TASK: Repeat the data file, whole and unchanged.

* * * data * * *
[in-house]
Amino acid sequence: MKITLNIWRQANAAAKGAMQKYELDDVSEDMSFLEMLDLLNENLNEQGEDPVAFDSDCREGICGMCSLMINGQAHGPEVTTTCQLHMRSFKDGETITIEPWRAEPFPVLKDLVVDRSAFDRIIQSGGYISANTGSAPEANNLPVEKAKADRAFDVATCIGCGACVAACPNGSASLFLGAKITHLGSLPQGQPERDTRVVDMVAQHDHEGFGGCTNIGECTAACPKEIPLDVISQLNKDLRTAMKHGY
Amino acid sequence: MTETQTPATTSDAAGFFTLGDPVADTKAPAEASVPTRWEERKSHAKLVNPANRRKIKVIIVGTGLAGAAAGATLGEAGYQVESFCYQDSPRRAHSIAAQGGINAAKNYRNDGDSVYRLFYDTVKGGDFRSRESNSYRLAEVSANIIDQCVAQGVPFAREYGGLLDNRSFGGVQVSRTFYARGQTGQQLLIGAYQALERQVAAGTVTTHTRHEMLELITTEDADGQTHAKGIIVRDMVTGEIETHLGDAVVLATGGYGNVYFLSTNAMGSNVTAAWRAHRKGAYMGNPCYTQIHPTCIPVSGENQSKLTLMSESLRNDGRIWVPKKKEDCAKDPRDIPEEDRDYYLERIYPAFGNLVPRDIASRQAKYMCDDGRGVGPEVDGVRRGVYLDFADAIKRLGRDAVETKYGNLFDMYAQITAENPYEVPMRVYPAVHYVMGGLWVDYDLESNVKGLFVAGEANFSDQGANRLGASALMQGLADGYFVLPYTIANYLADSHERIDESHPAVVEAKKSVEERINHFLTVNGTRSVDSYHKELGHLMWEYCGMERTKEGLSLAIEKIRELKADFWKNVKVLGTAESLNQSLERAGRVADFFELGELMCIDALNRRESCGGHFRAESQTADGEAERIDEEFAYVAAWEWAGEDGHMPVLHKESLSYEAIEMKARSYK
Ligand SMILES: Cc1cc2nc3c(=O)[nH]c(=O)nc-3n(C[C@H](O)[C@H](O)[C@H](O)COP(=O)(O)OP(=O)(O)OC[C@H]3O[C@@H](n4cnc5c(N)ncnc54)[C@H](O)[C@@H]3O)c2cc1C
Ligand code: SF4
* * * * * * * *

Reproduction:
[in-house]
Amino acid sequence: MKITLNIWRQANAAAKGAMQKYELDDVSEDMSFLEMLDLLNENLNEQGEDPVAFDSDCREGICGMCSLMINGQAHGPEVTTTCQLHMRSFKDGETITIEPWRAEPFPVLKDLVVDRSAFDRIIQSGGYISANTGSAPEANNLPVEKAKADRAFDVATCIGCGACVAACPNGSASLFLGAKITHLGSLPQGQPERDTRVVDMVAQHDHEGFGGCTNIGECTAACPKEIPLDVISQLNKDLRTAMKHGY
Amino acid sequence: MTETQTPATTSDAAGFFTLGDPVADTKAPAEASVPTRWEERKSHAKLVNPANRRKIKVIIVGTGLAGAAAGATLGEAGYQVESFCYQDSPRRAHSIAAQGGINAAKNYRNDGDSVYRLFYDTVKGGDFRSRESNSYRLAEVSANIIDQCVAQGVPFAREYGGLLDNRSFGGVQVSRTFYARGQTGQQLLIGAYQALERQVAAGTVTTHTRHEMLELITTEDADGQTHAKGIIVRDMVTGEIETHLGDAVVLATGGYGNVYFLSTNAMGSNVTAAWRAHRKGAYMGNPCYTQIHPTCIPVSGENQSKLTLMSESLRNDGRIWVPKKKEDCAKDPRDIPEEDRDYYLERIYPAFGNLVPRDIASRQAKYMCDDGRGVGPEVDGVRRGVYLDFADAIKRLGRDAVETKYGNLFDMYAQITAENPYEVPMRVYPAVHYVMGGLWVDYDLESNVKGLFVAGEANFSDQGANRLGASALMQGLADGYFVLPYTIANYLADSHERIDESHPAVVEAKKSVEERINHFLTVNGTRSVDSYHKELGHLMWEYCGMERTKEGLSLAIEKIRELKADFWKNVKVLGTAESLNQSLERAGRVADFFELGELMCIDALNRRESCGGHFRAESQTADGEAERIDEEFAYVAAWEWAGEDGHMPVLHKESLSYEAIEMKARSYK
Ligand SMILES: Cc1cc2nc3c(=O)[nH]c(=O)nc-3n(C[C@H](O)[C@H](O)[C@H](O)COP(=O)(O)OP(=O)(O)OC[C@H]3O[C@@H](n4cnc5c(N)ncnc54)[C@H](O)[C@@H]3O)c2cc1C
Ligand code: SF4